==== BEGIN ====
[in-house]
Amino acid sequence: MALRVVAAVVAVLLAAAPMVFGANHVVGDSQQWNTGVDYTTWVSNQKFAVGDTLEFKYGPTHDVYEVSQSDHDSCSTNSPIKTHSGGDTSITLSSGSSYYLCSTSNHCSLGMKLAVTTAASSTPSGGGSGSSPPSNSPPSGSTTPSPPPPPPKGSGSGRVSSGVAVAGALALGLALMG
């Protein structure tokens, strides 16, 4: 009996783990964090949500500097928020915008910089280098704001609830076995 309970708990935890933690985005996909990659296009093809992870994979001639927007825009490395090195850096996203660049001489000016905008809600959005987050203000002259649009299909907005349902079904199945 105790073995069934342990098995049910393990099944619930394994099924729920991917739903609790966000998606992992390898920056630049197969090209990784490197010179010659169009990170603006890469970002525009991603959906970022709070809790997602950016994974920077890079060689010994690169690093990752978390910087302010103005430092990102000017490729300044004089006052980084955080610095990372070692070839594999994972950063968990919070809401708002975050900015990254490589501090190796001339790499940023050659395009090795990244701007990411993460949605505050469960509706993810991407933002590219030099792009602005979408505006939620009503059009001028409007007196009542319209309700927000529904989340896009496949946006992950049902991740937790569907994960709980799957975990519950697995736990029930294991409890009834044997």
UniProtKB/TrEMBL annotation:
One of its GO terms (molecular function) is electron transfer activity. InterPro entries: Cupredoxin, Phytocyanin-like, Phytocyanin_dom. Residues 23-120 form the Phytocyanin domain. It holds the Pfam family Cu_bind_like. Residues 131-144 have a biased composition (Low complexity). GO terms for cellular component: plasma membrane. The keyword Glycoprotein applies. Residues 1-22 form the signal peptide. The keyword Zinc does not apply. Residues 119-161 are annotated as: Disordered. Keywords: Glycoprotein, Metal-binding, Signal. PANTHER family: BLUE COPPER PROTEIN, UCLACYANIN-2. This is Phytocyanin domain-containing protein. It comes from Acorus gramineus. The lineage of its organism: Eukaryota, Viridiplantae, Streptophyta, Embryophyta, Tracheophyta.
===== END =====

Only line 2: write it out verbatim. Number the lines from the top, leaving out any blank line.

Amino acid sequence: MALRVVAAVVAVLLAAAPMVFGANHVVGDSQQWNTGVDYTTWVSNQKFAVGDTLEFKYGPTHDVYEVSQSDHDSCSTNSPIKTHSGGDTSITLSSGSSYYLCSTSNHCSLGMKLAVTTAASSTPSGGGSGSSPPSNSPPSGSTTPSPPPPPPKGSGSGRVSSGVAVAGALALGLALMG